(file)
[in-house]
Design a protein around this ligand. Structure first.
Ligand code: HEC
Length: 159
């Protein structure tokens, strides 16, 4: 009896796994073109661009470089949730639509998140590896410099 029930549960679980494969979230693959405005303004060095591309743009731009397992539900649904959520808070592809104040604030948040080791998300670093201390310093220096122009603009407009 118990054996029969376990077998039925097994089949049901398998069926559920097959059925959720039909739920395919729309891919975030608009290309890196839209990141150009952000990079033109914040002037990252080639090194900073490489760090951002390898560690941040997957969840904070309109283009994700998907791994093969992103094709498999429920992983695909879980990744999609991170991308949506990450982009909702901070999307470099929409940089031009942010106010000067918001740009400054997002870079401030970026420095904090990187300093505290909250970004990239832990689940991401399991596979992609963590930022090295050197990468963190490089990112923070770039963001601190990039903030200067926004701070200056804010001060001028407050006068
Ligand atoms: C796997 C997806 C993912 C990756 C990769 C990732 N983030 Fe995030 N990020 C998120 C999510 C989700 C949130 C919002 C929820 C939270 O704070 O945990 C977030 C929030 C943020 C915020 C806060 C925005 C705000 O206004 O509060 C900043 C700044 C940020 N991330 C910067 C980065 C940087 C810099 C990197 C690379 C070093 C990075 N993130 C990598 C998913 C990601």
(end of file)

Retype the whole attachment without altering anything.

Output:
[in-house]
Design a protein around this ligand. Structure first.
Ligand code: HEC
Length: 159
């Protein structure tokens, strides 16, 4: 009896796994073109661009470089949730639509998140590896410099 029930549960679980494969979230693959405005303004060095591309743009731009397992539900649904959520808070592809104040604030948040080791998300670093201390310093220096122009603009407009 118990054996029969376990077998039925097994089949049901398998069926559920097959059925959720039909739920395919729309891919975030608009290309890196839209990141150009952000990079033109914040002037990252080639090194900073490489760090951002390898560690941040997957969840904070309109283009994700998907791994093969992103094709498999429920992983695909879980990744999609991170991308949506990450982009909702901070999307470099929409940089031009942010106010000067918001740009400054997002870079401030970026420095904090990187300093505290909250970004990239832990689940991401399991596979992609963590930022090295050197990468963190490089990112923070770039963001601190990039903030200067926004701070200056804010001060001028407050006068
Ligand atoms: C796997 C997806 C993912 C990756 C990769 C990732 N983030 Fe995030 N990020 C998120 C999510 C989700 C949130 C919002 C929820 C939270 O704070 O945990 C977030 C929030 C943020 C915020 C806060 C925005 C705000 O206004 O509060 C900043 C700044 C940020 N991330 C910067 C980065 C940087 C810099 C990197 C690379 C070093 C990075 N993130 C990598 C998913 C990601």